• Sleep study to determine if apnea is a factor
  • Computerized tomography (CT) scans, which are 3-D X-rays of the heart
  • Magnetic Resonance Imaging (MRI) which use radio waves, magnets, and a computer to create detailed pictures of the heart
  • Cardiac catheterization, in which a catheter is inserted into a chamber or vessel of the heart to diagnose blockages and defects
  • Coronary angiography, which involves injecting dye that can be seen on an X-ray into the heart chambers so the flow of blood through the heart can be visualized
  • Chest X-rays to determine whether the heart is enlarged and/or the lungs are congested
  • Cardiac stress testing, which assesses heart function during exercise under controlled conditions: Used along with an EKG, the test can show changes to the heart’s rate, rhythm, or electrical activity as well as blood pressure.

Heart Failure Doctor Discussion Guide

Get our printable guide for your next healthcare provider's appointment to help you ask the right questions.

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Adequate treatment of right-sided heart failure relies on identifying and treating the underlying cause: 

  • If the cause is valvular heart disease (most typically, mitral stenosis), surgical repair or replacement of the diseased valve is necessary.
  • When a right ventricular myocardial infarction is the cause, aggressive and rapid treatment to open the blocked right coronary artery is needed.
  • If the underlying cause is left-sided heart failure, treatment for that condition must be optimized.
  • When the cause is a pulmonary disorder (that is, if cor pulmonale is present), treatment for the underlying lung problem must be optimized.

While the underlying disease process is being identified, medications may be prescribed, including:

  • Judicious use of diuretics to relieve excessive edema
  • Drugs to reduce pulmonary artery pressure 
  • A low-fat, low-cholesterol, low-sodium diet to help improve symptoms
  • Gentle aerobic exercise to help strengthen the heart
  • A ventricular assist device (VAD) implant to help a weak heart pump more efficiently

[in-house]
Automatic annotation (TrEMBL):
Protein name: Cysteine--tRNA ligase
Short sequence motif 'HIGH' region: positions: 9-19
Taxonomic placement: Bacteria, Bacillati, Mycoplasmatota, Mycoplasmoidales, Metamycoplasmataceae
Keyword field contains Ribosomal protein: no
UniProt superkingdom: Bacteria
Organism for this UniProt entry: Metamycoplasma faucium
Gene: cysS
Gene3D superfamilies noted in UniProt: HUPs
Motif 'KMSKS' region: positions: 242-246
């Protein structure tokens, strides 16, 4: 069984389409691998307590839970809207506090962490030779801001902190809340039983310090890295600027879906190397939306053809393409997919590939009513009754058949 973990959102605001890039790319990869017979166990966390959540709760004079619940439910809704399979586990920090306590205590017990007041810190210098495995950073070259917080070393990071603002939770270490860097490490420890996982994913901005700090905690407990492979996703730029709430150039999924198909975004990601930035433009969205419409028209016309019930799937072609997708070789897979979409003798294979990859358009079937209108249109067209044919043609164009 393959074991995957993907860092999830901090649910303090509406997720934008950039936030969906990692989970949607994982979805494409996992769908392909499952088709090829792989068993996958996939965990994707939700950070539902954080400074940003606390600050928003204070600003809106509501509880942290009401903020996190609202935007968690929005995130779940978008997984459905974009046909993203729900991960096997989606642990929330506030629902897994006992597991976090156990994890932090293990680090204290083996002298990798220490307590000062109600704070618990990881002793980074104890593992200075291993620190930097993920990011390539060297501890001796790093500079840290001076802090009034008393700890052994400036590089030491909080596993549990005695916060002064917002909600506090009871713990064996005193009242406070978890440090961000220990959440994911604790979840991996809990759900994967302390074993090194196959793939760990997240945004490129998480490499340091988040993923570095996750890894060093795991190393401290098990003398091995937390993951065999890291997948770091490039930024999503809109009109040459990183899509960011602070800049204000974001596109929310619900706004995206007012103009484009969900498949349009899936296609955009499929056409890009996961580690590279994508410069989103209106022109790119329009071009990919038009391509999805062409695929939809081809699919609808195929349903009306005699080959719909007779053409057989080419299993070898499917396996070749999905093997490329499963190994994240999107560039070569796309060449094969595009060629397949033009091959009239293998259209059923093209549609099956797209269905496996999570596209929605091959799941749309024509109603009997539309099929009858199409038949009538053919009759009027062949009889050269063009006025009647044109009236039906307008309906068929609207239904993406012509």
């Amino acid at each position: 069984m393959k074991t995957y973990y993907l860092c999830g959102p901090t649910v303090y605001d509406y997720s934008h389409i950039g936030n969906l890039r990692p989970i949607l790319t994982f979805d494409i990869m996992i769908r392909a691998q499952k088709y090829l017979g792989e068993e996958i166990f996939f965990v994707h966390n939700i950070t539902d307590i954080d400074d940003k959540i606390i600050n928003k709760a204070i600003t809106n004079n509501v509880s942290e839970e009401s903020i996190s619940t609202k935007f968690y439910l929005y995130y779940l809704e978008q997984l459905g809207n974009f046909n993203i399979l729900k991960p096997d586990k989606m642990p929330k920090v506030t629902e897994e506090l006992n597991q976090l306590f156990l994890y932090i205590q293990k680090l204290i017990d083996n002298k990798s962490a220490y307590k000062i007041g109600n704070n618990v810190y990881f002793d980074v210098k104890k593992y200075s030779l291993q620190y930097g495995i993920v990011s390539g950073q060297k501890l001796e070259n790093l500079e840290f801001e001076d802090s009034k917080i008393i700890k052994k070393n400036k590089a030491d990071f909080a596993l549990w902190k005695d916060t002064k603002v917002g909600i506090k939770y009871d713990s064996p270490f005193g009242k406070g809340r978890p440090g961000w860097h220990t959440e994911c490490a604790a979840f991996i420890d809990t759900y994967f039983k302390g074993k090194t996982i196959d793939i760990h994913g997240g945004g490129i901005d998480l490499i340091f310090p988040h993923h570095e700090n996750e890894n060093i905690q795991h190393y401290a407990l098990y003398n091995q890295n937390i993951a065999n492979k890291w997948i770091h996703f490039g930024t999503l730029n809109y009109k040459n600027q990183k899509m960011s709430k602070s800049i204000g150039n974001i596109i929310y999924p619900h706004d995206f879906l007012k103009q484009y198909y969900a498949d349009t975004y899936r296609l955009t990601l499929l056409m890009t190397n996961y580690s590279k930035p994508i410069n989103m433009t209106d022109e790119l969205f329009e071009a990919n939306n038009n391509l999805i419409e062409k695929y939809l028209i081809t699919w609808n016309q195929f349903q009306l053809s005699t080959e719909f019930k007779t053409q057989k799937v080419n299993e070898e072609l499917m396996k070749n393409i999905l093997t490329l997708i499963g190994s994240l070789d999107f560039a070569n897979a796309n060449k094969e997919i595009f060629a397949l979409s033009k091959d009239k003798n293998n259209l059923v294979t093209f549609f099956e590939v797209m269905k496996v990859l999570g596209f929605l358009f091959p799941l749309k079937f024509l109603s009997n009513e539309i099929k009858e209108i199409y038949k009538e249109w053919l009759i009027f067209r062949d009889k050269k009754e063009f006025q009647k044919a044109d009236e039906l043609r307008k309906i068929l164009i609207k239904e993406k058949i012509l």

Although a last resort, right-sided heart failure is sometimes treated with a heart transplant, in which the damaged heart is surgically removed and replaced with a healthy heart from a deceased donor.


If you've been diagnosed with heart failure, it's important to be proactive in the management of your condition. In some cases, medication adjustments and lifestyle changes may be enough to help address symptoms. :

  • Eat a healthy diet, heavy on fresh fruits, and vegetables
  • Cut back on salt
  • Maintain a healthy weight
  • Increase your physical activity (with your healthcare provider's guidance if you're new to exercise)
  • Quit smoking
  • Cut back on alcohol or quit drinking altogether
  • Maintain a strong social network
  • Reduce stress

A Word From Verywell

The prognosis for recovery from right-sided heart failure depends on the cause of the condition and severity of the symptoms. Although some people can improve with treatment and lifestyle changes, others may require an implant or heart transplant. Because this is a serious condition that can even lead to premature death, it's critical that you receive a thorough medical evaluation when you experience symptoms, and that you act quickly to reverse or ameliorate the underlying cause.

10 Sources
Verywell Health uses only high-quality sources, including peer-reviewed studies, to support the facts within our articles. Read our editorial process to learn more about how we fact-check and keep our content accurate, reliable, and trustworthy.
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By Richard N. Fogoros, MD
Richard N. Fogoros, MD, is a retired professor of medicine and board-certified in internal medicine, clinical cardiology, and clinical electrophysiology.